Though concerned only with the road to Downing Street, this superbly researched volume, "The Grocer's Daughter", is addictive reading. Campbell notes the gulf between image and reality that characterised Thatcher.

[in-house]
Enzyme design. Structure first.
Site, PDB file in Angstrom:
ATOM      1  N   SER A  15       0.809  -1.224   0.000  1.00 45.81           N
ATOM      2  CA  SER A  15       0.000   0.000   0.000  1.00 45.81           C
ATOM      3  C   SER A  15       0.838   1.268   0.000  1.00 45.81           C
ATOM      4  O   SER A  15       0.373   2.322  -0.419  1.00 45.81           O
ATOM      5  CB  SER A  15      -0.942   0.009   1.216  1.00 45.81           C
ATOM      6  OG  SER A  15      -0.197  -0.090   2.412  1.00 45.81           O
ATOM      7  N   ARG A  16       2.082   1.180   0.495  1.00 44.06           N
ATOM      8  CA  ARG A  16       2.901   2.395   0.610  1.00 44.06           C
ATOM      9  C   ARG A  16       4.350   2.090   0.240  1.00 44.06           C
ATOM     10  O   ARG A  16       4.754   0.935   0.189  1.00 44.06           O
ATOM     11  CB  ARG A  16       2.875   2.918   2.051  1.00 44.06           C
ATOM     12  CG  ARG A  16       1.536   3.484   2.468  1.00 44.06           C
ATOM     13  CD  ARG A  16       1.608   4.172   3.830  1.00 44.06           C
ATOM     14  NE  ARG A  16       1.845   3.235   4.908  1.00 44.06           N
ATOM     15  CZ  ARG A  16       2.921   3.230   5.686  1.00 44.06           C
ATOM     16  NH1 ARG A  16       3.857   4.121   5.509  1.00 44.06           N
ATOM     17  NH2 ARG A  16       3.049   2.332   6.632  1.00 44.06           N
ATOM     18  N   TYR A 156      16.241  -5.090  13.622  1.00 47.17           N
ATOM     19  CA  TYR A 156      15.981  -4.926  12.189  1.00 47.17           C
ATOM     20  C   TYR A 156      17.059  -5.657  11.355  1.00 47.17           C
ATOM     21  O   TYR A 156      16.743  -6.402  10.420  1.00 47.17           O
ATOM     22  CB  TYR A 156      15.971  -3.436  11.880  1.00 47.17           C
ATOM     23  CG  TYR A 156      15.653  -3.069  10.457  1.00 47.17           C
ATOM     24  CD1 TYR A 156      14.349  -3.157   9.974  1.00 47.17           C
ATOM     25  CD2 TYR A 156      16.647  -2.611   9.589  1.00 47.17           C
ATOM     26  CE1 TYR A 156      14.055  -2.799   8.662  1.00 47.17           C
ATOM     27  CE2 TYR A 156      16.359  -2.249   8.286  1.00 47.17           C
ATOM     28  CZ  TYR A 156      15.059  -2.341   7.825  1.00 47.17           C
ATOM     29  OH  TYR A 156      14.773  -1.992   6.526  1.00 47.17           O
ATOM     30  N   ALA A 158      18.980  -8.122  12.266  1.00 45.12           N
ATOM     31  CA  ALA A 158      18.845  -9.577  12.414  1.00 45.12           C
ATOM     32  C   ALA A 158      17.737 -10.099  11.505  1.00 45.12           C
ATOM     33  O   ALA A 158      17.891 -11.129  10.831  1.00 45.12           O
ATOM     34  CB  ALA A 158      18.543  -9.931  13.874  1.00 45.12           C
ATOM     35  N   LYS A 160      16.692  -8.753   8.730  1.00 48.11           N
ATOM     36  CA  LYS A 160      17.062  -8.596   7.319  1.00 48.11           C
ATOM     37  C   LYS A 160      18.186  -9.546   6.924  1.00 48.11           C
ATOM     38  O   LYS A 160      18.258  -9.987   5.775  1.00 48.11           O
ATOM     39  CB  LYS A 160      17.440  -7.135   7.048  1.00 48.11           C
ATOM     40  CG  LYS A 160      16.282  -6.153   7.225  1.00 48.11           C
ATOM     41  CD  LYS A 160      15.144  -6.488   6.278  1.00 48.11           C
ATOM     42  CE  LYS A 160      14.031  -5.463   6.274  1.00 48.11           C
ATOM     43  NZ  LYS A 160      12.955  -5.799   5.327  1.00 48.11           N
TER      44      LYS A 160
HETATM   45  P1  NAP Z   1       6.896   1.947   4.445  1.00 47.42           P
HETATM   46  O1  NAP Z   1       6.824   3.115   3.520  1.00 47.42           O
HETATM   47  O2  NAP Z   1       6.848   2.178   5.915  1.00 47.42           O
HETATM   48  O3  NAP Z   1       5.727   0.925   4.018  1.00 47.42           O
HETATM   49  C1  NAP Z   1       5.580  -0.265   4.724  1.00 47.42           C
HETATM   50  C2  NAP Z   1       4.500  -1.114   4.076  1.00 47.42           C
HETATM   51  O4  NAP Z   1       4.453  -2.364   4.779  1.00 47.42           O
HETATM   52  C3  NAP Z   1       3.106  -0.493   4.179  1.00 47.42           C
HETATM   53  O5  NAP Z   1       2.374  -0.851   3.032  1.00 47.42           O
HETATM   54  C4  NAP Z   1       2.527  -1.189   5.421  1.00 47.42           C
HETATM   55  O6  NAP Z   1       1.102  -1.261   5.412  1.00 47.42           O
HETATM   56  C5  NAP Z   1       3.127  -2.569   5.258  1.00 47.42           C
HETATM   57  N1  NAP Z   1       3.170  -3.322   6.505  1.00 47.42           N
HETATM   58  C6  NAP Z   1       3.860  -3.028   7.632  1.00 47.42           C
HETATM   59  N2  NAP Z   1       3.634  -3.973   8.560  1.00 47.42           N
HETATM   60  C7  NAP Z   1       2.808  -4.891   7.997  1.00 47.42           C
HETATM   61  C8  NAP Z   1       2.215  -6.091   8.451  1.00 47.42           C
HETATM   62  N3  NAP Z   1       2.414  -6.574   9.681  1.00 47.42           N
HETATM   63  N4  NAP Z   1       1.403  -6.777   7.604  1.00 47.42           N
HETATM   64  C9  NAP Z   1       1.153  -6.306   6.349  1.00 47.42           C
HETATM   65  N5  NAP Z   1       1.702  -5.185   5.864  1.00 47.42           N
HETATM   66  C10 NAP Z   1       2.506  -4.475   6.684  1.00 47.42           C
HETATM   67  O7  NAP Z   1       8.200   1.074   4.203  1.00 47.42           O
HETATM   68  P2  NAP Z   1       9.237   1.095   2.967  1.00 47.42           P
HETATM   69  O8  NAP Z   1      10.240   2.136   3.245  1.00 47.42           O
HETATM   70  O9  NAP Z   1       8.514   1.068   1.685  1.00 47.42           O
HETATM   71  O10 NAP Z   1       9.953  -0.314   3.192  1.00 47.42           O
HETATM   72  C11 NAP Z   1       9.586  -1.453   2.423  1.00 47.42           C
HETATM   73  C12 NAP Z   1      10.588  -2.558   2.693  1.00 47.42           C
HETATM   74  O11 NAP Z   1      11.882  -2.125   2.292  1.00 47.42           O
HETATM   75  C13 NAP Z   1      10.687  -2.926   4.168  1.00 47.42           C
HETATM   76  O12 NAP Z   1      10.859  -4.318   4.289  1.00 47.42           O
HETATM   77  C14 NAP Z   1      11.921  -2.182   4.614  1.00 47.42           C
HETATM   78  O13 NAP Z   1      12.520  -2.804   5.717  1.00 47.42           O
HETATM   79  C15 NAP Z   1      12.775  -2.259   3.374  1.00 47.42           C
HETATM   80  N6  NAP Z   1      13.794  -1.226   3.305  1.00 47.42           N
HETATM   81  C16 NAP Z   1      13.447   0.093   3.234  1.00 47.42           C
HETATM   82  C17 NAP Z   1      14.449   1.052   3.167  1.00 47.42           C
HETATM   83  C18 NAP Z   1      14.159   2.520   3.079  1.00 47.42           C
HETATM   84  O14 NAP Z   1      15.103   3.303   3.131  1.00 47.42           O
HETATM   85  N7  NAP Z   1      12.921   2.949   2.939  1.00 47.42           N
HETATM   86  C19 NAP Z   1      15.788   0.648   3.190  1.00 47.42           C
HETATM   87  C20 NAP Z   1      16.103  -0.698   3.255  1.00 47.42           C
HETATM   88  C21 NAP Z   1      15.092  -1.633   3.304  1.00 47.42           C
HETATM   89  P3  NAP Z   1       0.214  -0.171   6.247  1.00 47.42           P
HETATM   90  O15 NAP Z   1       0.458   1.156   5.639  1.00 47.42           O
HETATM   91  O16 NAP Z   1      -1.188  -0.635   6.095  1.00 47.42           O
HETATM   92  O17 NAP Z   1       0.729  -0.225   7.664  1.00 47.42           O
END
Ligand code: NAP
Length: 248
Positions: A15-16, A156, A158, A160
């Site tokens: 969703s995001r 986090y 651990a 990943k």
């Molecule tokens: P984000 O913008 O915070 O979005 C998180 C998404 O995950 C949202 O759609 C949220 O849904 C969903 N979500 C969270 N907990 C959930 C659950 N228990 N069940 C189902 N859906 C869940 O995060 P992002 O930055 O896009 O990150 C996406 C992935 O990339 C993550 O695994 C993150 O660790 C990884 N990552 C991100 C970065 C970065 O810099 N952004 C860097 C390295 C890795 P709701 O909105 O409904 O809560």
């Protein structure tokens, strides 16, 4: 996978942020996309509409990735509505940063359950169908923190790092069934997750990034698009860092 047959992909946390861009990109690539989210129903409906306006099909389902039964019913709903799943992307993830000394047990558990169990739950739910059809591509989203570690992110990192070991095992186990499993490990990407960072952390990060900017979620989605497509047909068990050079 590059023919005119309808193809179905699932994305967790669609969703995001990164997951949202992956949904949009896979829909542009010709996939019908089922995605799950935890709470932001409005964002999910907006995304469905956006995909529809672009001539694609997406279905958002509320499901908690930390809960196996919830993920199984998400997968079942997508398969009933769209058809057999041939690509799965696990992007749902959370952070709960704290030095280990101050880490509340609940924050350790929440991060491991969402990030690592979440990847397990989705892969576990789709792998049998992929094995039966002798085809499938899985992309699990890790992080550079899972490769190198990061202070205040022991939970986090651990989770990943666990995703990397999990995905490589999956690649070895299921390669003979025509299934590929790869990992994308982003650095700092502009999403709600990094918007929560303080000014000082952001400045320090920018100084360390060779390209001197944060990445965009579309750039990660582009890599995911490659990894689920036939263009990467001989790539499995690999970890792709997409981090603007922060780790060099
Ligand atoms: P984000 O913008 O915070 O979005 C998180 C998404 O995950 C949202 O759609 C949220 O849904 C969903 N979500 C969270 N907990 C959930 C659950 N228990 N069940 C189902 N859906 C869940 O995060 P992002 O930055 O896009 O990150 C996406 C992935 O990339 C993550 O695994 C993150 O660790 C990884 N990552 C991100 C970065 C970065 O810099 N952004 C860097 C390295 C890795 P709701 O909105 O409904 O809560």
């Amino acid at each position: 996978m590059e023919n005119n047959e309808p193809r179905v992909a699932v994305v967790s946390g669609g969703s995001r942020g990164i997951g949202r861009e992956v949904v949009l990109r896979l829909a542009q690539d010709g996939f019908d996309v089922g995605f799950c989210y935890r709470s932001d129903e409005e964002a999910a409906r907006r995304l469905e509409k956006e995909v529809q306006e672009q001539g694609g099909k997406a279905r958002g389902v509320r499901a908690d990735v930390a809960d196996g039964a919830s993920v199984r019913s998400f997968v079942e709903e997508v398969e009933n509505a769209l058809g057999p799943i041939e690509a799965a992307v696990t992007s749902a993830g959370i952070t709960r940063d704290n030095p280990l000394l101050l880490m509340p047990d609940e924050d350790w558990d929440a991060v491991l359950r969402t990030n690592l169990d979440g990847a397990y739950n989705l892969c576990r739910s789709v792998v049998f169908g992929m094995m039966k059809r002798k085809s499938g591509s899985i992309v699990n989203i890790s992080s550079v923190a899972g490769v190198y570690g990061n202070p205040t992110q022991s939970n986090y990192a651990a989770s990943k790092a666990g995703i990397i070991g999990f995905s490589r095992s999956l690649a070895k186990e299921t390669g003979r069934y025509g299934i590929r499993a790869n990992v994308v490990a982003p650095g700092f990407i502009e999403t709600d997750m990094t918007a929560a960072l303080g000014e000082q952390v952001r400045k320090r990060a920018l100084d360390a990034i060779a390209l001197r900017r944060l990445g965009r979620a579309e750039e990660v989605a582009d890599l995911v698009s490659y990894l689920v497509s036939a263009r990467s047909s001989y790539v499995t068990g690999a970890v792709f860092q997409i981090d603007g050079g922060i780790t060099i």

Recalling her childhood, she described her father as a "specialist grocer", but the shop was actually a general store and post office. While she extolled the "Victorian values" he instilled, her mythologisation of him was "entirely retrospective": "Having once escaped from Alfred at the age of 18, she saw very little of him for the remainder of his life." Campbell delineates her daunting character – "unable to relax", "devoid of a sense of either irony or humour" – and assesses the implications for her career. Her study of science at Oxford "reinforced her rigid cast of mind". This exacerbated her "lack of imaginative sympathy with other views". Entering No 10, she proclaimed the prayer of St Francis ("where there is despair may we bring hope"), which Campbell astringently annotates: "To those who shared her capitalist vision she undoubtedly brought hope, though to those less fortunate she... brought despair." From hesitant start to Icarus-like descent, her premiership is superbly scrutinised in Volume Two: The Iron Lady.